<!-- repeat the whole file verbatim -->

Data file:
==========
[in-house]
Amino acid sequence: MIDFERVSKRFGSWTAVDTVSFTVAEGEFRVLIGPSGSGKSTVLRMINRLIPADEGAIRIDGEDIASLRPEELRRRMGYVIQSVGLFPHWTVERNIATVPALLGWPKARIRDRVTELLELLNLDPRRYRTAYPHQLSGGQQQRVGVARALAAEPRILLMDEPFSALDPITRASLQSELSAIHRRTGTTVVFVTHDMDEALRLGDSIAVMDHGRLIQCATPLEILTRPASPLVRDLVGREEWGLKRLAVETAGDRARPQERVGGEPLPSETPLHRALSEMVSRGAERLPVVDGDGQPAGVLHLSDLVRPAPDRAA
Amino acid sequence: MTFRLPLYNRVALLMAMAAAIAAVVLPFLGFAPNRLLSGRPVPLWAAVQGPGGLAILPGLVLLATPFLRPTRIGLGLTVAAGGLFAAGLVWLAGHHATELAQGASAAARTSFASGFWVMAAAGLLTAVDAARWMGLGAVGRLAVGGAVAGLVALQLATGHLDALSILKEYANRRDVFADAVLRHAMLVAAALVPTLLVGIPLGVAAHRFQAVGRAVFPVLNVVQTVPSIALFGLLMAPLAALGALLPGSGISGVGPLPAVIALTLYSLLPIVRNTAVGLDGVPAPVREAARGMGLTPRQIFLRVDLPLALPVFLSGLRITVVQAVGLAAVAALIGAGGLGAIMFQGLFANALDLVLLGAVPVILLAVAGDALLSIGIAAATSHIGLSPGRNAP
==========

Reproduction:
[in-house]
Amino acid sequence: MIDFERVSKRFGSWTAVDTVSFTVAEGEFRVLIGPSGSGKSTVLRMINRLIPADEGAIRIDGEDIASLRPEELRRRMGYVIQSVGLFPHWTVERNIATVPALLGWPKARIRDRVTELLELLNLDPRRYRTAYPHQLSGGQQQRVGVARALAAEPRILLMDEPFSALDPITRASLQSELSAIHRRTGTTVVFVTHDMDEALRLGDSIAVMDHGRLIQCATPLEILTRPASPLVRDLVGREEWGLKRLAVETAGDRARPQERVGGEPLPSETPLHRALSEMVSRGAERLPVVDGDGQPAGVLHLSDLVRPAPDRAA
Amino acid sequence: MTFRLPLYNRVALLMAMAAAIAAVVLPFLGFAPNRLLSGRPVPLWAAVQGPGGLAILPGLVLLATPFLRPTRIGLGLTVAAGGLFAAGLVWLAGHHATELAQGASAAARTSFASGFWVMAAAGLLTAVDAARWMGLGAVGRLAVGGAVAGLVALQLATGHLDALSILKEYANRRDVFADAVLRHAMLVAAALVPTLLVGIPLGVAAHRFQAVGRAVFPVLNVVQTVPSIALFGLLMAPLAALGALLPGSGISGVGPLPAVIALTLYSLLPIVRNTAVGLDGVPAPVREAARGMGLTPRQIFLRVDLPLALPVFLSGLRITVVQAVGLAAVAALIGAGGLGAIMFQGLFANALDLVLLGAVPVILLAVAGDALLSIGIAAATSHIGLSPGRNAP